Directed by: Kirk Jones | 110 minutes | comedy, drama, romance | Actors: Cameron Diaz, Jennifer Lopez, Elizabeth Banks, Chace Crawford, Brooklyn Decker, Ben Falcone, Anna Kendrick, Matthew Morrison, Dennis Quaid, Chris Rock, Rodrigo Santoro, Joe Manganiello, Rob Huebel, Tom Lennon, Amir Talai, Rebel Wilson, Wendi McLendon-Covey
The title makes no bones about it: with a film like “What to Expect When You’re Expecting” you know what to expect: all the ins and outs of pregnancy. There is a lot of fun to tell about that, because of course it is not a pink cloud in which a couple is about three quarters of a year. There are countless funny situations that are perfect for a comedy. And to be able to laugh, you don’t have to be in that phase of life yourself. “What to Expect When You’re Expecting” is loosely based on Heidi Murkoff’s self-help books. The film follows five couples who all get pregnant at the same time.
Jules (Cameron Diaz) is the first and also the oldest pregnant lady to come into the picture. As the presenter of a weight loss program, she stands her ground and she maintains that strong attitude throughout her pregnancy. The main stumbling block she and her partner Evan (Matthew Morrison) must overcome is whether or not their son should be circumcised.
Gary Cooper (Ben Falcone), whose name isn’t the only thing he blames on his father, was once a participant in Jules’ reality show and – after two years of fruitless trying – is expecting a baby with his wife Wendy (Elizabeth Banks). Wendy owns a baby supply store and is a staunch supporter of breastfeeding. Her romanticized ideas about pregnancy do not seem to correspond to the harsh reality: at every stage she develops new physical discomforts.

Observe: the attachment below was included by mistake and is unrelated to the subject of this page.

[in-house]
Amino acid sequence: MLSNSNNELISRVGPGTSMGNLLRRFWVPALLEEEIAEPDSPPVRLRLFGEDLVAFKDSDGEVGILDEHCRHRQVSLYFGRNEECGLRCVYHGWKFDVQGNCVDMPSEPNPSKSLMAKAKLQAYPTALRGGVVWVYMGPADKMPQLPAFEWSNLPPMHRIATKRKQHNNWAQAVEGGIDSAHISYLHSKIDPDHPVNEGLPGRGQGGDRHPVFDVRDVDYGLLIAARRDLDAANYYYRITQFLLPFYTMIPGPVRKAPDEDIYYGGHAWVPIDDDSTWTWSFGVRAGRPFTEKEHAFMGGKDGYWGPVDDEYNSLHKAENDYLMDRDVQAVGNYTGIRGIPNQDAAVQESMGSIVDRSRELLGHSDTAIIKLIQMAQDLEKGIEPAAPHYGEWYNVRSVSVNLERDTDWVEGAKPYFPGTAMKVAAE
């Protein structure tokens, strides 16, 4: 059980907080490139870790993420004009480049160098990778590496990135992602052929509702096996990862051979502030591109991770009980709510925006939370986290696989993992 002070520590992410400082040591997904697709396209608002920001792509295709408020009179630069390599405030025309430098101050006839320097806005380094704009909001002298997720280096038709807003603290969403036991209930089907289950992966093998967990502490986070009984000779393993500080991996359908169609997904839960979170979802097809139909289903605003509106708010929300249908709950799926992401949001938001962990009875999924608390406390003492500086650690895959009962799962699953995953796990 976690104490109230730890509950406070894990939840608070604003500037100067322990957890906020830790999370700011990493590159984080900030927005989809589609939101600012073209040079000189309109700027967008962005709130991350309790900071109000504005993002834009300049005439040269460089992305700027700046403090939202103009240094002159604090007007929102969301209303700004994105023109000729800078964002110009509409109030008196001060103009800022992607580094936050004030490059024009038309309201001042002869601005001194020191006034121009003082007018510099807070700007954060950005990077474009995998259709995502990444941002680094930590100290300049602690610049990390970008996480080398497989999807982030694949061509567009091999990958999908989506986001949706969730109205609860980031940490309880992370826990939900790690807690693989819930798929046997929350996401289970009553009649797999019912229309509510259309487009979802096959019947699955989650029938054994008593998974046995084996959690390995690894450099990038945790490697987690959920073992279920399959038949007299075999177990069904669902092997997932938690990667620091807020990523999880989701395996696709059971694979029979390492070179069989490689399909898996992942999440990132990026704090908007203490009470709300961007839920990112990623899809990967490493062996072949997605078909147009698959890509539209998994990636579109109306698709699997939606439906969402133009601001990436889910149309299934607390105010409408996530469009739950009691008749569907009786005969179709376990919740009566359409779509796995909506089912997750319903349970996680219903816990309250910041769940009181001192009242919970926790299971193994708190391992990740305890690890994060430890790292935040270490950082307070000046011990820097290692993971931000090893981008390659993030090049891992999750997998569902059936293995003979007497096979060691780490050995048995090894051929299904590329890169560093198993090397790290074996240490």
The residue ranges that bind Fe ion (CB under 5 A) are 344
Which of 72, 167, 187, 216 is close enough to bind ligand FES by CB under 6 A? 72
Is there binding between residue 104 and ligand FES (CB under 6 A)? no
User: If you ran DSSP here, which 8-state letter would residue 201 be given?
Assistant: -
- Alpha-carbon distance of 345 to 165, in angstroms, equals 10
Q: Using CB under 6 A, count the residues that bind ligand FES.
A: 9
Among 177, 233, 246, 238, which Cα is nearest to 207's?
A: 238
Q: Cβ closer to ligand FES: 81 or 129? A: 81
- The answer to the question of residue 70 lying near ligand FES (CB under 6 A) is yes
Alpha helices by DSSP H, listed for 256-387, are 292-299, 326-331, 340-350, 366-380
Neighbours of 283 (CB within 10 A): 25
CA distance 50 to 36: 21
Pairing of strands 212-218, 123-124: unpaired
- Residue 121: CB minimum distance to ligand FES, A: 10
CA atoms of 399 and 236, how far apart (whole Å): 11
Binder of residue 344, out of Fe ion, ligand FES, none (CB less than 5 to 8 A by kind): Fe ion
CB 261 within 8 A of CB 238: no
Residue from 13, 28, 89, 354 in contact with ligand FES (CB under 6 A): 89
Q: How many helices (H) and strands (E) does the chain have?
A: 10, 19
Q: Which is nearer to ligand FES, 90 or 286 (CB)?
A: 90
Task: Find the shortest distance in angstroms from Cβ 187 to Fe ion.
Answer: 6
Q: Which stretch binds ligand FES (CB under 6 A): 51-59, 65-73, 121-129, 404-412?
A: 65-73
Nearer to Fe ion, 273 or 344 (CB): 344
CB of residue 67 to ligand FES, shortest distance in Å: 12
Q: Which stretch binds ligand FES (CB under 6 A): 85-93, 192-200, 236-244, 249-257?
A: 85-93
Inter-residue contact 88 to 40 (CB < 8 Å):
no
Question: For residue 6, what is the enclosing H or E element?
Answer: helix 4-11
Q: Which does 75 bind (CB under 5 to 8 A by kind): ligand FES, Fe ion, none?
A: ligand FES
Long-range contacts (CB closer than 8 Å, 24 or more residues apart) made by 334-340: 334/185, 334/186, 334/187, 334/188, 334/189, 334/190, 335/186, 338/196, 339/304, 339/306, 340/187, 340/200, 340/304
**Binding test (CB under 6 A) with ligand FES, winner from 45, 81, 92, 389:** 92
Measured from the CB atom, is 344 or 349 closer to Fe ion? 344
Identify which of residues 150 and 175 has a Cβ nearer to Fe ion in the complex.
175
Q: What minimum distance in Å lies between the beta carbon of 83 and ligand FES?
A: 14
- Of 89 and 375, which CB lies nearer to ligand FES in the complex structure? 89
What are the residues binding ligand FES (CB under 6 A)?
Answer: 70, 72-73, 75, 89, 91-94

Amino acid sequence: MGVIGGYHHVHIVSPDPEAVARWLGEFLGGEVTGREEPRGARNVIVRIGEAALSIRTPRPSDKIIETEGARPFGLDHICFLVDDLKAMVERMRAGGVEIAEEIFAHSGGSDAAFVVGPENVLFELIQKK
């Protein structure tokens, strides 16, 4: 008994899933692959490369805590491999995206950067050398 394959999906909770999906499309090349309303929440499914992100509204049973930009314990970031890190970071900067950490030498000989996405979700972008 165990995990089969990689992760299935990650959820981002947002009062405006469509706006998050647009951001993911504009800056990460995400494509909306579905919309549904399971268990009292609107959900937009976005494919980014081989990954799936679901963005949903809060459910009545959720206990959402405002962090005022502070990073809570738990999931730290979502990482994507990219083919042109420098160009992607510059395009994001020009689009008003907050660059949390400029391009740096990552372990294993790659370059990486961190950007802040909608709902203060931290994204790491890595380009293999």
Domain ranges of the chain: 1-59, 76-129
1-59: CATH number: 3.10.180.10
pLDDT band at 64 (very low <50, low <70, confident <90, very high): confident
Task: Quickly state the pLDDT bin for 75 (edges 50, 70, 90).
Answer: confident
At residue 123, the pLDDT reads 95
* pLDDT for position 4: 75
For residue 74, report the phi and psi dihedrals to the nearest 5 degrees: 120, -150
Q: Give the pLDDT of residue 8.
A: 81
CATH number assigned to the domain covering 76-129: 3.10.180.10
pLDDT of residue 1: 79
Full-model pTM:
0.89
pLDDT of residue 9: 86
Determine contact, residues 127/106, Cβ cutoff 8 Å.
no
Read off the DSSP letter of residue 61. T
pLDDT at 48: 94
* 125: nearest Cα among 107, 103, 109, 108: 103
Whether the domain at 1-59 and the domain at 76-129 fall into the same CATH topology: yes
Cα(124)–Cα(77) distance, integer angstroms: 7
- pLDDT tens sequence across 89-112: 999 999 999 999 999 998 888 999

Gary’s father Ramsey (Dennis Quaid) is a wealthy retired NASCAR racing driver whose girlfriend could have been Gary’s younger sister. This Skyler (Brooklyn Decker) is also pregnant, with twins. Nevertheless, being pregnant comes off her very easily. In addition, Ramsey takes every opportunity to compete with his son, so a confrontation is inevitable.
Young Rosie (Anna Kendrick) becomes pregnant after a one-night stand with Marco (Chace Crawford), the boy who left her during prom night and who she meets again after a long time. Can a relationship that skips a number of crucial steps survive?
Finally, photographer Holly (Jennifer Lopez) has longed for a baby for years, but because of her infertility, adoption is the only option. A good financial basis is actually lacking and her wife Alex (Rodrigo Santoro) is not really sure of his case either. But it seems that a baby from Ethiopia can be picked up soon… To help Alex, Holly advises him to talk to The Dudes, a group of four fathers who walk around the park for an hour every week, with baby carriers and prams. This group, led by the uncrowned king of the one-liners Chris Rock in this film, applies a number of rules à la Fight Club. The advice that the gentlemen pass on to the father-to-be do not lie and it is therefore not surprising that Alex has his doubts about his future role.
In itself it is a smart move to make an ensemble film out of it. After all, no pregnancy is the same and by following several fat bellies, many different aspects can be treated. However, “What to Expect When You’re Expecting” is not only a film in which multiple storylines touch each other sideways, also various genres are mixed. And that results in a somewhat unbalanced whole. Unnecessary over-the-top slapstick (what is that about American comedies and golf carts?) Is interspersed with dramatic fragments that actually deserve a feature film instead of a few minutes of playing time in a half-hearted comedy. The “bromance” scenes in the park are nice, but we would have preferred to spend more time with the couples to get to know them better. The most fun and compelling scenes are for Elizabeth Banks and Ben Falcone, and along with those of Anna Kendrick and Chace Crawford, their storyline is the most interesting. Still, you don’t have to get bored during “What to Expect When You’re Expecting”. While the movie isn’t nearly as much fun as it could have been, time flies unnoticed. Unless, of course, you have continuous pressure on your bladder …